In May 2014, the Financial Accounting Standards Board (or FASB) issued ASU 2014-09, Revenue from Contracts with Customers (ASC 606), changing how biotech companies account for the revenue associated with their strategic collaboration agreements.Public companies were required to adopt the standard by January 2018 and have issued their first set of financials in the Q1 2018 10-Qs. Companies such as Blueprint Medicines, Surface Oncology, Jounce Therapeutics and Seres Therapeutics to name a few. Private companies will be required to adopt the standard by January 2019.
Under the new standard, biotech companies need to (1) determine whether counterparty is a customer, (2) identify the separate performance obligations in the contract, (3) determine the transaction price, (4) allocate the transaction price to the separate performance obligations in the contract and (5) recognize revenue as the entity satisfies the performance obligation. Below, I discuss what this might look like for an early stage biotech company with a strategic collaboration:
- Your contract counterparty is considered a customer if they are receiving IP and research services in exchange for an upfront and incremental milestone payments (i.e. consideration). Your contract counterparty is considered a partner if both parties are equally participating in the research and development of the program under the contract.
- Performance obligations can be separated if (1) the customer can benefit from the service either on its own or together with other resources that are readily available and (2) the entity’s promise to transfer the service to the customer is separately identifiable from other promises in the contract. Under these criteria, judgment should be used if IP rights and JSC/JRC/JDC commitments have value apart from delivered research and development efforts typical under collaboration agreements. Otherwise, all obligations would be considered a single performance obligation. Jounce Theraputics had several performance obligations associated with their collaboration with Celgene, as disclosed in footnote 3 of their Q1 2018 10-Q, which they split into different performance obligations.
- The transaction price is any upfront payments received and milestones that are achieved as development milestones are met. Development milestones could be considered in the transaction price as the probability of achievement increases, even if the milestone has not yet been contractually achieved.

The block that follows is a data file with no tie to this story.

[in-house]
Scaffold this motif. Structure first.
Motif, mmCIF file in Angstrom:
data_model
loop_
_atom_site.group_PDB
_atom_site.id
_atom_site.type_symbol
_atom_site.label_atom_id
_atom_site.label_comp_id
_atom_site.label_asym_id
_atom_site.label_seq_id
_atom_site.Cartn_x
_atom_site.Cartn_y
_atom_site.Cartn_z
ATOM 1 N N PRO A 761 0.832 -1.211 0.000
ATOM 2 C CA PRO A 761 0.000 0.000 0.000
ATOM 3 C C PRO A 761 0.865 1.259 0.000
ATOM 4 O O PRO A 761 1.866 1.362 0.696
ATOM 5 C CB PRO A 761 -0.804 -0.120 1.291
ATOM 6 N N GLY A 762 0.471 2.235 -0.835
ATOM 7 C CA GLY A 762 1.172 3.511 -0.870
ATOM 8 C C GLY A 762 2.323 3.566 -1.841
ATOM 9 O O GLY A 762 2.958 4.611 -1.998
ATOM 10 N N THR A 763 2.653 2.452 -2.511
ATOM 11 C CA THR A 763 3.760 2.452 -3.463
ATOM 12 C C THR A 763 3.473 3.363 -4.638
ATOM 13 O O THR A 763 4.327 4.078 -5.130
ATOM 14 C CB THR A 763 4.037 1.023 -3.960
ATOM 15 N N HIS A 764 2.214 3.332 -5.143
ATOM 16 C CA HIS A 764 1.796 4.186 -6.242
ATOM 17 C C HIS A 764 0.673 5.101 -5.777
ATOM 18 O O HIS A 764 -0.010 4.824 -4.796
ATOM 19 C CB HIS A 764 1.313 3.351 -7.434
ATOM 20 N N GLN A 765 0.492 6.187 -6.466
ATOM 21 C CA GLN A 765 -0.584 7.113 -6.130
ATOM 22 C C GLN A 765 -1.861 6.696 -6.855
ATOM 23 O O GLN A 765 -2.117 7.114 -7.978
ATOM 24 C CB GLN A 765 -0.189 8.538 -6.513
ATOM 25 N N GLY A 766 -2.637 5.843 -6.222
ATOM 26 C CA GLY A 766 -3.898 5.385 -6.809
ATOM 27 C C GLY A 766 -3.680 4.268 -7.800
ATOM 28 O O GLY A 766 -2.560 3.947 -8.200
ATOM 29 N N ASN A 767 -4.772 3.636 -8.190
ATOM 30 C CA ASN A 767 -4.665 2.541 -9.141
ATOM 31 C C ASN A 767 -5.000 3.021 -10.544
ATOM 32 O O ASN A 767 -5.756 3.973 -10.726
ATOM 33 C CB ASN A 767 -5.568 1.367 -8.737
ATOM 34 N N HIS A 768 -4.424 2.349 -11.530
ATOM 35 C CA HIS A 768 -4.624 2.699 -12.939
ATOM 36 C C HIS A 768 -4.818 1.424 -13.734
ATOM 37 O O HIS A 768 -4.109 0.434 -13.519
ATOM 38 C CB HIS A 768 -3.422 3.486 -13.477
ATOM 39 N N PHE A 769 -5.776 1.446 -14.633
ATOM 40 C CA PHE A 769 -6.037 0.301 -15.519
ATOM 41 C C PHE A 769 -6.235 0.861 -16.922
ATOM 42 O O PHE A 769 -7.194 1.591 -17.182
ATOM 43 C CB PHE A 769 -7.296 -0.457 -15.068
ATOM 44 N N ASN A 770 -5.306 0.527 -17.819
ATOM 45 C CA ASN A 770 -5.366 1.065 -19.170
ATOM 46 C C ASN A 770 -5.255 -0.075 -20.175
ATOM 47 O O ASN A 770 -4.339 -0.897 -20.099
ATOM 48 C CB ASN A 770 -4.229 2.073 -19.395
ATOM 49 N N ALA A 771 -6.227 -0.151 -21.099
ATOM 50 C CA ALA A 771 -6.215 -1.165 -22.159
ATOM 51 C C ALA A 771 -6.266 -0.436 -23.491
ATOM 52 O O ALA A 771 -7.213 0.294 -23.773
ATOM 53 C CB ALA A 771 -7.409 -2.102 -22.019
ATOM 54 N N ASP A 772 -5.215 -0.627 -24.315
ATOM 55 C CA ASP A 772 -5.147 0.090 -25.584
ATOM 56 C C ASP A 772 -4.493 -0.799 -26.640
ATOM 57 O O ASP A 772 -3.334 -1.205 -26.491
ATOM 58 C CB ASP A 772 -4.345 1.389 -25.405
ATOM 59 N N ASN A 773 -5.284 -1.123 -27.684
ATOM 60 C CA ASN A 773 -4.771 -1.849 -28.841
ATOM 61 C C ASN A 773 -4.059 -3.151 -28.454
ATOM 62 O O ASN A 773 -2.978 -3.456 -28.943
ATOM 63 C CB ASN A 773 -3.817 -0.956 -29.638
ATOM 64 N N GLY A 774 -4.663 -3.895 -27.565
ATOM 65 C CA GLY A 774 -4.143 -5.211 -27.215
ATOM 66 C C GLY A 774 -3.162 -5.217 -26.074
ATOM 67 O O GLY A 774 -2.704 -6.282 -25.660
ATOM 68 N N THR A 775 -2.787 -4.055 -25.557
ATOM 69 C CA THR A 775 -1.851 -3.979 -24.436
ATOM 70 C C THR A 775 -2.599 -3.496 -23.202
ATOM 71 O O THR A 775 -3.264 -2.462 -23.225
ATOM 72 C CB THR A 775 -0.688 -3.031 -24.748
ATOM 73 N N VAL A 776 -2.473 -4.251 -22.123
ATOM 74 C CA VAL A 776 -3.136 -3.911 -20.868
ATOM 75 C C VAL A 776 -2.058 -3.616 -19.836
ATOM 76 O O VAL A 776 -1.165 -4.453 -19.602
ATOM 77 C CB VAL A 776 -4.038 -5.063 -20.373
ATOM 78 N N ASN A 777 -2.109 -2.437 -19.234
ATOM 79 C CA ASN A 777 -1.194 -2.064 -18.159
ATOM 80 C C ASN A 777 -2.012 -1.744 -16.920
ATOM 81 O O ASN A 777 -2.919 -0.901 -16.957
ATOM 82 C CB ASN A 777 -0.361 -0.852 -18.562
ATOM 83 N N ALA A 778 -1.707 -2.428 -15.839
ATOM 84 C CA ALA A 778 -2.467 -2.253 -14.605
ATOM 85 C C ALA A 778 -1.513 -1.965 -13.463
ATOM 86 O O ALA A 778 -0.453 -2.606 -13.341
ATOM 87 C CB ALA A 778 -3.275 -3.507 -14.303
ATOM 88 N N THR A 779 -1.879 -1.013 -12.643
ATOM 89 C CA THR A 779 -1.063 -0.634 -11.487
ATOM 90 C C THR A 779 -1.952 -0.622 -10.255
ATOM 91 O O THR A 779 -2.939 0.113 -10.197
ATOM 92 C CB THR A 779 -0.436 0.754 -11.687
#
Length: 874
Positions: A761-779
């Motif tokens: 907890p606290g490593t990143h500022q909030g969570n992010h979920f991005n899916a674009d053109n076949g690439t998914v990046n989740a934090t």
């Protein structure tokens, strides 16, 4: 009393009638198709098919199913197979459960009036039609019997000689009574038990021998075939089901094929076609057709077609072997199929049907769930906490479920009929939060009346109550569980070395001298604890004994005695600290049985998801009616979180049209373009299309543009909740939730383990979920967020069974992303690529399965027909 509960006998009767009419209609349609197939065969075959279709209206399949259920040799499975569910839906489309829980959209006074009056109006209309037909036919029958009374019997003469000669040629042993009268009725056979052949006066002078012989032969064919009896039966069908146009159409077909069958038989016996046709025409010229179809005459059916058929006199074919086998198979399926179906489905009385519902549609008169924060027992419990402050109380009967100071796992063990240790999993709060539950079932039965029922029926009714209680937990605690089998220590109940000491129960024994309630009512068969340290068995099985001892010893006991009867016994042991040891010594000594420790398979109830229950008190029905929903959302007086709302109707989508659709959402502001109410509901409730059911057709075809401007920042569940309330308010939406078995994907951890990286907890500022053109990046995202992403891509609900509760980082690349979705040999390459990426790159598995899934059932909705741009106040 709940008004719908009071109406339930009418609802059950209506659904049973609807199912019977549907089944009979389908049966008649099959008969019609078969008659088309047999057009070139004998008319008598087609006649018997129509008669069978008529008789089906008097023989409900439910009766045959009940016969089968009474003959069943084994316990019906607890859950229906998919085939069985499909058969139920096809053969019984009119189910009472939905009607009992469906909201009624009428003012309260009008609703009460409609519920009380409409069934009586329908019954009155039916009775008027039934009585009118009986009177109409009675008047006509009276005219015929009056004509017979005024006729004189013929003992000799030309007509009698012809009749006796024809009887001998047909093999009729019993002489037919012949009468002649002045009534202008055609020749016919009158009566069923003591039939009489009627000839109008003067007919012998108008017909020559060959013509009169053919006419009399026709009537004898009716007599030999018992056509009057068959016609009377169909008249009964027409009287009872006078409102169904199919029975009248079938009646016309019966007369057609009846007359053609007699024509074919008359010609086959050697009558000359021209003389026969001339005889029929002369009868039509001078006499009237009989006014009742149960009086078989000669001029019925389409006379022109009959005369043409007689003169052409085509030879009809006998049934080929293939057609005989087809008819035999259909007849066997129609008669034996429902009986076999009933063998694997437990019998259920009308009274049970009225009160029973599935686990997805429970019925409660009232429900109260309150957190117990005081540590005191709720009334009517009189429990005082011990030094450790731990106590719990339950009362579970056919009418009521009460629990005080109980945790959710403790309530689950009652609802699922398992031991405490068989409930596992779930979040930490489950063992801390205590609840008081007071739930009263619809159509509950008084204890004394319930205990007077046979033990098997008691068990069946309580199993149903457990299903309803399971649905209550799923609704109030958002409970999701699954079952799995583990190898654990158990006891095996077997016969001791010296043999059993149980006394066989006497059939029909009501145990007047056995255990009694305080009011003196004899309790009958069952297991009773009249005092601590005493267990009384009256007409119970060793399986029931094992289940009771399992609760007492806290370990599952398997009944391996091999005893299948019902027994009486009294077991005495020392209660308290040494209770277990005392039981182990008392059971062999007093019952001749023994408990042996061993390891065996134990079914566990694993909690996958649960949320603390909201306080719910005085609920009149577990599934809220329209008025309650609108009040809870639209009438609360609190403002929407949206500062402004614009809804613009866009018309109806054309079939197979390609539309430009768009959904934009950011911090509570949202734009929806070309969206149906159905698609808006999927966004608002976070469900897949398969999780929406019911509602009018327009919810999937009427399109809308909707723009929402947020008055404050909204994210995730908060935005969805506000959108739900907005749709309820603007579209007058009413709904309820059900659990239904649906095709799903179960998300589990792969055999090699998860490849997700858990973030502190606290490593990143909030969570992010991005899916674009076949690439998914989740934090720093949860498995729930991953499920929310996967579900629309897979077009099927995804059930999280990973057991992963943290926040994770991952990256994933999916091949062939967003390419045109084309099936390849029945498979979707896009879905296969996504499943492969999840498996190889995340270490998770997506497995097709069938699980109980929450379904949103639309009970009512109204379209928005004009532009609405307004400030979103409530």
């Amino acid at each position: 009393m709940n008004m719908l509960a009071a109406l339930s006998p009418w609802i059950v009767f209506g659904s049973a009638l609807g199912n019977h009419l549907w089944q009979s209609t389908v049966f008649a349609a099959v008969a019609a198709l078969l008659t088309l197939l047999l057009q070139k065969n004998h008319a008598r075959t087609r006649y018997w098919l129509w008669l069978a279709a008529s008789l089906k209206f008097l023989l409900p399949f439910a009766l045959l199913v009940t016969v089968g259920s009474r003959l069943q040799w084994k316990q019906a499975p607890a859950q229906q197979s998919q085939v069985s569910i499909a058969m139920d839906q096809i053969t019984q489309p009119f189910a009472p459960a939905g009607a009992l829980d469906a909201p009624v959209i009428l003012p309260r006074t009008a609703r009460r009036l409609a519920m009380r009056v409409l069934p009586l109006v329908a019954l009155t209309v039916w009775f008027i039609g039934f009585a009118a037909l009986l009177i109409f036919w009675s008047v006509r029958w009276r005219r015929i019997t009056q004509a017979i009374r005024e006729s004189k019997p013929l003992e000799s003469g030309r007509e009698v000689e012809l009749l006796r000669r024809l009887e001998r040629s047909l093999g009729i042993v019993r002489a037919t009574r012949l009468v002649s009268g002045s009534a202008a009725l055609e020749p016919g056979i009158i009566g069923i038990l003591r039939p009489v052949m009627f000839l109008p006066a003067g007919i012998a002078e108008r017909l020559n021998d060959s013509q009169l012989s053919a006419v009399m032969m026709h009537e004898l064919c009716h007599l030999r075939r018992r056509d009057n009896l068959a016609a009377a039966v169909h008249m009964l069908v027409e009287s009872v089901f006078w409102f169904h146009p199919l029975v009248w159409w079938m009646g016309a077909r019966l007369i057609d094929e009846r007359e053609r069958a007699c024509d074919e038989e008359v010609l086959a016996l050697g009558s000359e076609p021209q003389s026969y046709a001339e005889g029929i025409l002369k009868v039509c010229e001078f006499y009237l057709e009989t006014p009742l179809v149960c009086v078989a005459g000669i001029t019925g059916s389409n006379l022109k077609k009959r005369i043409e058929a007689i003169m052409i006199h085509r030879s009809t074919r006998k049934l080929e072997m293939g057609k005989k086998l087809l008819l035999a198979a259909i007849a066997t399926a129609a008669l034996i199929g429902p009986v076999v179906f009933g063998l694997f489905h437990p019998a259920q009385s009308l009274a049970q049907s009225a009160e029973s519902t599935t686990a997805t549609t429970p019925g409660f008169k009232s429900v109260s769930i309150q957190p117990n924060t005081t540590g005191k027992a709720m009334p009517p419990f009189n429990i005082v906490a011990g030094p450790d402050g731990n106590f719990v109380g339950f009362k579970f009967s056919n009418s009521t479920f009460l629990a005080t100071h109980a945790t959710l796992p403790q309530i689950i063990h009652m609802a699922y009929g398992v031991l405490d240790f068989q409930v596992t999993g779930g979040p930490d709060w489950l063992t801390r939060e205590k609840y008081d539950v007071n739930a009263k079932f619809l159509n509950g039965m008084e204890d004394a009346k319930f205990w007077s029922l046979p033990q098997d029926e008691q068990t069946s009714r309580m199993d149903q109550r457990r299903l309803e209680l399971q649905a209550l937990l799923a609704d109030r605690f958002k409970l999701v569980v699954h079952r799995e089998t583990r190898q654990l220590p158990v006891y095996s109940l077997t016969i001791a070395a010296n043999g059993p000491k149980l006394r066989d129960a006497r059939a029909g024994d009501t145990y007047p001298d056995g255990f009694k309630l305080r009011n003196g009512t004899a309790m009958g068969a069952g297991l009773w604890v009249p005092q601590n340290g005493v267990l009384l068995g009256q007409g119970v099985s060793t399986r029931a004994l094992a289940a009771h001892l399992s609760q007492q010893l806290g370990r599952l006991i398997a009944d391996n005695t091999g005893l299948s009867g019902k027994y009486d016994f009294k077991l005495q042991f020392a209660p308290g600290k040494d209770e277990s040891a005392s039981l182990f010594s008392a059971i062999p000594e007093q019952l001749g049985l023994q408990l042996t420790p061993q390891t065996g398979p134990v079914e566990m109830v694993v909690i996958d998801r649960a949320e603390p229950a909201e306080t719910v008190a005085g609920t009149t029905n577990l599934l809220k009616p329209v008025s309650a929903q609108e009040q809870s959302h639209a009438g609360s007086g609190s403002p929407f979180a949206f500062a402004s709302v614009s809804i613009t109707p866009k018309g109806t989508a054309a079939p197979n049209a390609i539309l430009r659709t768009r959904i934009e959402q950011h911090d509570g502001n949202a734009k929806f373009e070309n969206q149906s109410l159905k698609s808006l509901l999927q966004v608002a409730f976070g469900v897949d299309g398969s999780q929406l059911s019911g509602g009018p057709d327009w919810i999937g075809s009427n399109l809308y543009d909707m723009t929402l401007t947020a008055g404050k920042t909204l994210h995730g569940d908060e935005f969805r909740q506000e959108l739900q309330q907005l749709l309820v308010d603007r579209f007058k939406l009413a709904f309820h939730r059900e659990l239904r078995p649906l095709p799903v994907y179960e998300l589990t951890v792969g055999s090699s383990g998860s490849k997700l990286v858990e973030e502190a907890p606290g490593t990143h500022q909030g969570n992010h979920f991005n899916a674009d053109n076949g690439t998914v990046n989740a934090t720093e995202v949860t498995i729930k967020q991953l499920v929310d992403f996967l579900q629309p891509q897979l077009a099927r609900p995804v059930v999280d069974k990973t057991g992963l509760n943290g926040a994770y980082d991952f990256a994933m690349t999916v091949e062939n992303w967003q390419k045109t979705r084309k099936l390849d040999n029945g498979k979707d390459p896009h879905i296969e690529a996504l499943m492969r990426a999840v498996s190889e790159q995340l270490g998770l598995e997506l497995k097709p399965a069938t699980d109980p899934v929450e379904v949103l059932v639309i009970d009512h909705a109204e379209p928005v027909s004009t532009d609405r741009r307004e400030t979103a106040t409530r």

- If it is determined that there are multiple performance obligations under the contract, the transaction price must be allocated to the each obligation. Several methods are included in the standard. Based on the nature of biotech, using the relative stand-alone selling price method appears the most reasonable based on the likelihood that there is no established price for the service and the service has never been sold on a standalone basis.
- Revenue is recognized using the input or output method. The above companies all used the input method (or cost-to-cost method, also known as percentage of completion method) to recognize revenue based on the ratio of actual costs incurred to the total estimated costs expected upon satisfying the identified performance obligation.
Significant judgement is involved in identifying and recognizing revenue under ASC 606. Early discussions with your auditor are advised to ensure that each component of your collaboration agreement is considered.
intheBlk software has several tools that can help make this process easier to execute operationally. Our long range planning tool can help companies identify the estimated costs to satisfy identified performance obligations. Our revenue recognition model can calculate the revenue recognized under the cost-to-cost method as actual costs and estimated costs change each reporting period. If you are interested in learning more about our services, please contact us with the form below.